Cases in the U.S.

 Cases in the U.S.

Updated Daily

This page is updated daily based on data confirmed at 4:00pm ET the day before.

Reported by Jurisdiction’s Health Department

Data on this page are reported voluntarily to CDC by each jurisdiction’s health department. CDC encourages all jurisdictions to report the most complete and accurate information that best represents the current status of the pandemic in their jurisdiction.

Number of Jurisdictions

There are currently 56 U.S.-affiliated jurisdictions reporting cases of COVID-19. This includes 50 states, District of Columbia, Guam, New York City, the Northern Mariana Islands, Puerto Rico, and the U.S Virgin Islands. New York State’s case and death counts do not include New York City’s counts as they are separate jurisdictions.

Confirmed & Probable Counts

As of April 14, 2020, CDC case counts and death counts include both confirmed and probable cases and deaths. This change was made to reflect an interim COVID-19 position statement pdf iconexternal iconissued by the Council for State and Territorial Epidemiologists on April 5, 2020. The position statement included a case definition and made COVID-19 a nationally notifiable disease. Nationally notifiable disease cases are voluntarily reported to CDC by jurisdictions.

A confirmed case or death is defined by meeting confirmatory laboratory evidence for COVID-19.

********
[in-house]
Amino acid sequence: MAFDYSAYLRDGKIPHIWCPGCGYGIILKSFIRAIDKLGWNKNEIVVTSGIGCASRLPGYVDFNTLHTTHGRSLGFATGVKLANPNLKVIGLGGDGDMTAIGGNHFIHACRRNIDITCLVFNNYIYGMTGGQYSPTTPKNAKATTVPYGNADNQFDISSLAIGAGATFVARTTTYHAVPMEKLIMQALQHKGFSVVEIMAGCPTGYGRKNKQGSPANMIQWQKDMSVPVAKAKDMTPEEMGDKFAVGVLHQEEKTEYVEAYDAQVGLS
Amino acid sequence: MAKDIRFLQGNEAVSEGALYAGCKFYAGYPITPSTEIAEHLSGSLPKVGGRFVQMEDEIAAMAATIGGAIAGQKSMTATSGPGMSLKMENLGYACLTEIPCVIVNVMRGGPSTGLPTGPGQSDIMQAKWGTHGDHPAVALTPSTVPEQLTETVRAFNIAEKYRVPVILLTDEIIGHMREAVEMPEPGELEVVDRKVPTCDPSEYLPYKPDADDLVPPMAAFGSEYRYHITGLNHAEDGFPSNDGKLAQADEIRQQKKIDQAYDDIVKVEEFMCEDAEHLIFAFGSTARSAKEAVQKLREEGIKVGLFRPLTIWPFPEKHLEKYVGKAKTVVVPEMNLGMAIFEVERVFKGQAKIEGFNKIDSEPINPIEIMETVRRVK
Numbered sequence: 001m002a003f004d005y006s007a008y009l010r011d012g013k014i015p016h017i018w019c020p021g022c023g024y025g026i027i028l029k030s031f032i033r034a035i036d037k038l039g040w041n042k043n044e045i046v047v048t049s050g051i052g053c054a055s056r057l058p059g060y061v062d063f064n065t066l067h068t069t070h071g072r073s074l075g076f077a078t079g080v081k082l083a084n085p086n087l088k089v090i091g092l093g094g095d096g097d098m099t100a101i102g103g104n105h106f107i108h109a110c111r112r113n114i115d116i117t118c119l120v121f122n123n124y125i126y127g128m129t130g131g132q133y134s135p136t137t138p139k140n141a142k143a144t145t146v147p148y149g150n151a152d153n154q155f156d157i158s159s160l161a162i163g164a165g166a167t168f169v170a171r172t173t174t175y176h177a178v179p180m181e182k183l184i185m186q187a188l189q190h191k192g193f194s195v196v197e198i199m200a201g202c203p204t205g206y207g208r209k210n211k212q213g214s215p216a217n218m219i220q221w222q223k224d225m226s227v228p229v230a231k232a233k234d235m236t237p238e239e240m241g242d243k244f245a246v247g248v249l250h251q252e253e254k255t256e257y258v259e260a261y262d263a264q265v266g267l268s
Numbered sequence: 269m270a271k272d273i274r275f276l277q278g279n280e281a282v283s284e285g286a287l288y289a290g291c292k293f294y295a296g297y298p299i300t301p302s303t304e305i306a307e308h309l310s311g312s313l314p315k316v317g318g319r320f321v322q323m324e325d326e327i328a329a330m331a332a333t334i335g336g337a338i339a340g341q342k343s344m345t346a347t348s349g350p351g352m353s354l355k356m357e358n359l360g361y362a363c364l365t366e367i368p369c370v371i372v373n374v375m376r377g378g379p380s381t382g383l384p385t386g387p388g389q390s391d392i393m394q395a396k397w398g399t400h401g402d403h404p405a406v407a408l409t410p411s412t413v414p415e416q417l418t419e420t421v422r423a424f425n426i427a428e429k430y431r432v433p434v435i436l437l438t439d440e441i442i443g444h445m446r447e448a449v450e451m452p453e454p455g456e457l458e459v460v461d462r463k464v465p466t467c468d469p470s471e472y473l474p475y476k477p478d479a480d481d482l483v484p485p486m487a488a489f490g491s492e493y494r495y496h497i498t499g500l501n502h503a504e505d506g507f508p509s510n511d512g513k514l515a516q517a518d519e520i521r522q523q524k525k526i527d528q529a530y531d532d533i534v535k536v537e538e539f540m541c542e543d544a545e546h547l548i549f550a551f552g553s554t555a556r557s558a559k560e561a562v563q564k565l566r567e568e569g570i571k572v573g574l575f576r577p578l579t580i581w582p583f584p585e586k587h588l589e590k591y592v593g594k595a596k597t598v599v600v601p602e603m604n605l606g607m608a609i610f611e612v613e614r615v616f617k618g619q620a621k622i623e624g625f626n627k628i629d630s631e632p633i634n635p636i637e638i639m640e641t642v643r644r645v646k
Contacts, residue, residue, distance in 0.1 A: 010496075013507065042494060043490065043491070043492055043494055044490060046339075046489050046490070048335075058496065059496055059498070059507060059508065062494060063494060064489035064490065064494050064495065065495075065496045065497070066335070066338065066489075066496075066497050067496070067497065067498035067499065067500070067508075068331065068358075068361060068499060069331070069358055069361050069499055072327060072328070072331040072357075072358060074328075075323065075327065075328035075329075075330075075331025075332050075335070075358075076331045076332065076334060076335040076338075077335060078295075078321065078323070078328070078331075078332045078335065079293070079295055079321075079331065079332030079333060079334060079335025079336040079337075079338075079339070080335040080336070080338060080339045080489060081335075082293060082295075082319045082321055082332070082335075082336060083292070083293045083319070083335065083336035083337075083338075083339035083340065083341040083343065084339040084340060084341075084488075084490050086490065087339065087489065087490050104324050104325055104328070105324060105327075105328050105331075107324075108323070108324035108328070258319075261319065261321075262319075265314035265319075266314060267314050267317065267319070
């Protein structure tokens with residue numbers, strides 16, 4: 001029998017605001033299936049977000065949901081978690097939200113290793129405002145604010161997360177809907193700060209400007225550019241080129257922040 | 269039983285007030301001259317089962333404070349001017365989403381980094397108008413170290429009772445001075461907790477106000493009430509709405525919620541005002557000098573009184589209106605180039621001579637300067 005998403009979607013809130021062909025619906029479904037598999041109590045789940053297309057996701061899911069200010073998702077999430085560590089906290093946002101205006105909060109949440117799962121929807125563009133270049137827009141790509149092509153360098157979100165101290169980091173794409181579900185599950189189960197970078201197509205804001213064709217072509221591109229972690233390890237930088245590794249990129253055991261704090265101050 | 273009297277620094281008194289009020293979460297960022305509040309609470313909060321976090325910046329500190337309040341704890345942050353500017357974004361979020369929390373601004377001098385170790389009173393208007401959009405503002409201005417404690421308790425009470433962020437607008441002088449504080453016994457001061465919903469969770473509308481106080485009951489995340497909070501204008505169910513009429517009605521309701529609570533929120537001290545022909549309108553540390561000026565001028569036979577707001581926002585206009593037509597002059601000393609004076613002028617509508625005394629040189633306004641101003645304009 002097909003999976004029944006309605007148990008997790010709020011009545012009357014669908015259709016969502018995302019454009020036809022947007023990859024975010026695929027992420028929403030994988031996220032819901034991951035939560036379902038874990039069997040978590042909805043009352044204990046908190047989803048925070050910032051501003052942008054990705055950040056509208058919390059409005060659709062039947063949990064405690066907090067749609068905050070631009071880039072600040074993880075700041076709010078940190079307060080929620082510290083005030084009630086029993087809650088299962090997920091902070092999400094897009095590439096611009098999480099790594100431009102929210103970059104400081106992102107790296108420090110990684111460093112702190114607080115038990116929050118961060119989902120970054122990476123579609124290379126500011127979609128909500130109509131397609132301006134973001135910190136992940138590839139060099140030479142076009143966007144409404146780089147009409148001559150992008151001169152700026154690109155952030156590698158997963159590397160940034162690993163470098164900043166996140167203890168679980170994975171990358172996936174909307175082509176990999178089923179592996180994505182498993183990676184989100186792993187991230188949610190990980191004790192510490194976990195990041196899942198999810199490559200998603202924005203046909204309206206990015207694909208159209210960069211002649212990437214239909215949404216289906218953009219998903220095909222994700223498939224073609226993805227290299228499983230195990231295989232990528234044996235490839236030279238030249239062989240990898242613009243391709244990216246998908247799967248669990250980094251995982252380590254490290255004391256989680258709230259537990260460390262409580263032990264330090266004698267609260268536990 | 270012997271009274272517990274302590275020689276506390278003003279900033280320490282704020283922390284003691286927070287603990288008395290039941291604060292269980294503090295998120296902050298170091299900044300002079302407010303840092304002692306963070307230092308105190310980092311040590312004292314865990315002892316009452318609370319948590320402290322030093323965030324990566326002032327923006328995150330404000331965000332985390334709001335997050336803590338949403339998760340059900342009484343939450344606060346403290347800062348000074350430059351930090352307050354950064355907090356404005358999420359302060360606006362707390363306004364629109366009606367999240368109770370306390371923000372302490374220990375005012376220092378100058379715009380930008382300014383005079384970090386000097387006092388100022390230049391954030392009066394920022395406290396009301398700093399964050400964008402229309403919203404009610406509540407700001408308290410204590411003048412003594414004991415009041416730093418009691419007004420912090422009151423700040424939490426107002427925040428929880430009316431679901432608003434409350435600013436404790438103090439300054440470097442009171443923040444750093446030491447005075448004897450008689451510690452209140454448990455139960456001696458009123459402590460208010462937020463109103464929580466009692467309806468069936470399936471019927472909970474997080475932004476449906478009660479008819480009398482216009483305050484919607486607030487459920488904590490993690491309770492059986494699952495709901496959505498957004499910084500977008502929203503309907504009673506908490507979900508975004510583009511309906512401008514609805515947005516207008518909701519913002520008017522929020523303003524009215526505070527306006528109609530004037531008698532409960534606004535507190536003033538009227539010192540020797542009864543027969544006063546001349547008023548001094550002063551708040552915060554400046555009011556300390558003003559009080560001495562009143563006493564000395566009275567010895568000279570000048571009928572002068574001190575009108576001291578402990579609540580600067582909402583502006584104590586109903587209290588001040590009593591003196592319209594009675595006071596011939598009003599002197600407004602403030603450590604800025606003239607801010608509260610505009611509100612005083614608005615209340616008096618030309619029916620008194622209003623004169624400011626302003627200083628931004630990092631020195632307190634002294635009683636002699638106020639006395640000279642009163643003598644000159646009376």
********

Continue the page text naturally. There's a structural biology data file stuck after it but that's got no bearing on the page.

A probable case or death is defined by one of the following:

  • Meeting clinical criteria AND epidemiologic evidence with no confirmatory laboratory testing performed for COVID-19
  • Meeting presumptive laboratory evidence AND either clinical criteria OR epidemiologic evidence
  • Meeting vital records criteria with no confirmatory laboratory testing performed for COVID19

Not all jurisdictions report confirmed and probable cases and deaths to CDC. When not available to CDC, it is noted as N/A.

Accuracy of Data

CDC does not know the exact number of COVID-19 illnesses, hospitalizations, and deaths for a variety of reasons. COVID-19 can cause mild illness, symptoms might not appear immediately, there are delays in reporting and testing, not everyone who is infected gets tested or seeks medical care, and there may be differences in how jurisdictions confirm numbers.

Changes & Fluctuations in Data

Health departments may update case data over time when they receive more complete and accurate information.

The number of new cases reported each day fluctuates. There is generally less reporting on the weekends and holidays.

 

Differences between CDC and Jurisdiction Data

If the number of cases or deaths reported by CDC is different from the number reported by jurisdiction health departments, data reported by jurisdictions should be considered the most up to date. The differences may be due to the timing of the reporting and website updates.

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